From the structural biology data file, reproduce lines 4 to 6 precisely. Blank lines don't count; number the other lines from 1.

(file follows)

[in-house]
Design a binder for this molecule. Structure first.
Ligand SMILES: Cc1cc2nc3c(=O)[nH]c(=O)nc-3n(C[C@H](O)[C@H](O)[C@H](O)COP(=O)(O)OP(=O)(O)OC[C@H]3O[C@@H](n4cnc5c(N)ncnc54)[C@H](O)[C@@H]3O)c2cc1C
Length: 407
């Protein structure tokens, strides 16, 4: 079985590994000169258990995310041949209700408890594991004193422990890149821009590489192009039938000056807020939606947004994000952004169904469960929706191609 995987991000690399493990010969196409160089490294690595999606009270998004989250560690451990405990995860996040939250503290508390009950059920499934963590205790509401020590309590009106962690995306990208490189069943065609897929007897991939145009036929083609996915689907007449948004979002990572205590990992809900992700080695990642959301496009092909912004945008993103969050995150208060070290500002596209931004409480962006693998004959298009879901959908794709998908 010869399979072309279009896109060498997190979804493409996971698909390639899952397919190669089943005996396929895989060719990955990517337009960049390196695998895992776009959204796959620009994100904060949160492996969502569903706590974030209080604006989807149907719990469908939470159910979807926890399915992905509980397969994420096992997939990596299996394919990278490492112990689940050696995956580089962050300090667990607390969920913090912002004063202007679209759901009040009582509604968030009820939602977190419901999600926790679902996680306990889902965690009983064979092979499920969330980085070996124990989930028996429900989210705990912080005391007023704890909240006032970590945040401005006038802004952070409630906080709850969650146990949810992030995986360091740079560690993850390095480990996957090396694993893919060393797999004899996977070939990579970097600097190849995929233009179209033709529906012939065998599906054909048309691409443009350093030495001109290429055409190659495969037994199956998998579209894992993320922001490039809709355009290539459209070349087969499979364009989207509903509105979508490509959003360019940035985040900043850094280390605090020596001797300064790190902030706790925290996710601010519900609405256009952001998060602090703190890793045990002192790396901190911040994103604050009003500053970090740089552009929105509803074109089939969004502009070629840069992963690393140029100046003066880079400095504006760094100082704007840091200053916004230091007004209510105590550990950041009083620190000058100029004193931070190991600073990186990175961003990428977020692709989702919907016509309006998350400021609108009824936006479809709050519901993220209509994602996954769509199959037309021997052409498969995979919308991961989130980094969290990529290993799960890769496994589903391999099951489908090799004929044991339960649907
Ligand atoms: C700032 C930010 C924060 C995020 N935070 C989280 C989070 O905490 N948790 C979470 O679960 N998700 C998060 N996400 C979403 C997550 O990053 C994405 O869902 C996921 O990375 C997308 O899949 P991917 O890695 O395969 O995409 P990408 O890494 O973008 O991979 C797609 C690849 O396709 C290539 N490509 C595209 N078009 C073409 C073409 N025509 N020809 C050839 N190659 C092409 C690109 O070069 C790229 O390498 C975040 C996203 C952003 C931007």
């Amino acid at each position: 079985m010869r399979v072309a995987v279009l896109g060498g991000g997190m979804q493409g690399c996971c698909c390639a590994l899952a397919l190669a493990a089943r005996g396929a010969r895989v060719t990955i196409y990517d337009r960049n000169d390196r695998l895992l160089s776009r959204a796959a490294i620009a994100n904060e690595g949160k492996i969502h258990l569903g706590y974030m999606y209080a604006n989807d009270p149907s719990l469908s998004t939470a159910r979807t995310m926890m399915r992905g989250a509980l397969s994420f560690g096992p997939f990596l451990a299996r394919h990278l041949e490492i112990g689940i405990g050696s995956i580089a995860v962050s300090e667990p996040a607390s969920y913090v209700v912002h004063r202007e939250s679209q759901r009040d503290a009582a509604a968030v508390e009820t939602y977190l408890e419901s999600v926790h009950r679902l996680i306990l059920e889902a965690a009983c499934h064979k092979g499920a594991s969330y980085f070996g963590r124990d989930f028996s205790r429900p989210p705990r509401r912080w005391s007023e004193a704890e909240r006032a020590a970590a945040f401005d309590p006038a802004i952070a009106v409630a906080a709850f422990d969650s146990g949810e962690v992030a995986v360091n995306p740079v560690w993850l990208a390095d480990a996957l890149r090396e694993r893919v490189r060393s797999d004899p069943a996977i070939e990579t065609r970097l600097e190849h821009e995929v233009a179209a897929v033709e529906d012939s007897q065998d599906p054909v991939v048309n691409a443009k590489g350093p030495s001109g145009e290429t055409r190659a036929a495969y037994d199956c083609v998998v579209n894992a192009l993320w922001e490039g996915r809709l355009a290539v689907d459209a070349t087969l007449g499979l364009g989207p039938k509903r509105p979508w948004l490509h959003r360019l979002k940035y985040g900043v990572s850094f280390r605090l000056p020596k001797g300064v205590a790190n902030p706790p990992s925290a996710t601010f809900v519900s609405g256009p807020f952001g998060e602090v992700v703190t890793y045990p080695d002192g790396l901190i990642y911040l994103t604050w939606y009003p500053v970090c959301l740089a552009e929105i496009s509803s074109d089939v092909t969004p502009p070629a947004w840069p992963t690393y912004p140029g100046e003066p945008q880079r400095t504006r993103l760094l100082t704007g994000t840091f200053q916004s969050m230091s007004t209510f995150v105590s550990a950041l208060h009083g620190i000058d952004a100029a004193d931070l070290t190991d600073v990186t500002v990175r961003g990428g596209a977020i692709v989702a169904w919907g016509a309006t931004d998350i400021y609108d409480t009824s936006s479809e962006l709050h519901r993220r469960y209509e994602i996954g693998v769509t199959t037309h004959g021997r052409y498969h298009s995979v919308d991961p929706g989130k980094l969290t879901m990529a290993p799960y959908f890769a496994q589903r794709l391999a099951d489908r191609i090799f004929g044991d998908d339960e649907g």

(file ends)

Length: 407
């Protein structure tokens, strides 16, 4: 079985590994000169258990995310041949209700408890594991004193422990890149821009590489192009039938000056807020939606947004994000952004169904469960929706191609 995987991000690399493990010969196409160089490294690595999606009270998004989250560690451990405990995860996040939250503290508390009950059920499934963590205790509401020590309590009106962690995306990208490189069943065609897929007897991939145009036929083609996915689907007449948004979002990572205590990992809900992700080695990642959301496009092909912004945008993103969050995150208060070290500002596209931004409480962006693998004959298009879901959908794709998908 010869399979072309279009896109060498997190979804493409996971698909390639899952397919190669089943005996396929895989060719990955990517337009960049390196695998895992776009959204796959620009994100904060949160492996969502569903706590974030209080604006989807149907719990469908939470159910979807926890399915992905509980397969994420096992997939990596299996394919990278490492112990689940050696995956580089962050300090667990607390969920913090912002004063202007679209759901009040009582509604968030009820939602977190419901999600926790679902996680306990889902965690009983064979092979499920969330980085070996124990989930028996429900989210705990912080005391007023704890909240006032970590945040401005006038802004952070409630906080709850969650146990949810992030995986360091740079560690993850390095480990996957090396694993893919060393797999004899996977070939990579970097600097190849995929233009179209033709529906012939065998599906054909048309691409443009350093030495001109290429055409190659495969037994199956998998579209894992993320922001490039809709355009290539459209070349087969499979364009989207509903509105979508490509959003360019940035985040900043850094280390605090020596001797300064790190902030706790925290996710601010519900609405256009952001998060602090703190890793045990002192790396901190911040994103604050009003500053970090740089552009929105509803074109089939969004502009070629840069992963690393140029100046003066880079400095504006760094100082704007840091200053916004230091007004209510105590550990950041009083620190000058100029004193931070190991600073990186990175961003990428977020692709989702919907016509309006998350400021609108009824936006479809709050519901993220209509994602996954769509199959037309021997052409498969995979919308991961989130980094969290990529290993799960890769496994589903391999099951489908090799004929044991339960649907
Ligand atoms: C700032 C930010 C924060 C995020 N935070 C989280 C989070 O905490 N948790 C979470 O679960 N998700 C998060 N996400 C979403 C997550 O990053 C994405 O869902 C996921 O990375 C997308 O899949 P991917 O890695 O395969 O995409 P990408 O890494 O973008 O991979 C797609 C690849 O396709 C290539 N490509 C595209 N078009 C073409 C073409 N025509 N020809 C050839 N190659 C092409 C690109 O070069 C790229 O390498 C975040 C996203 C952003 C931007």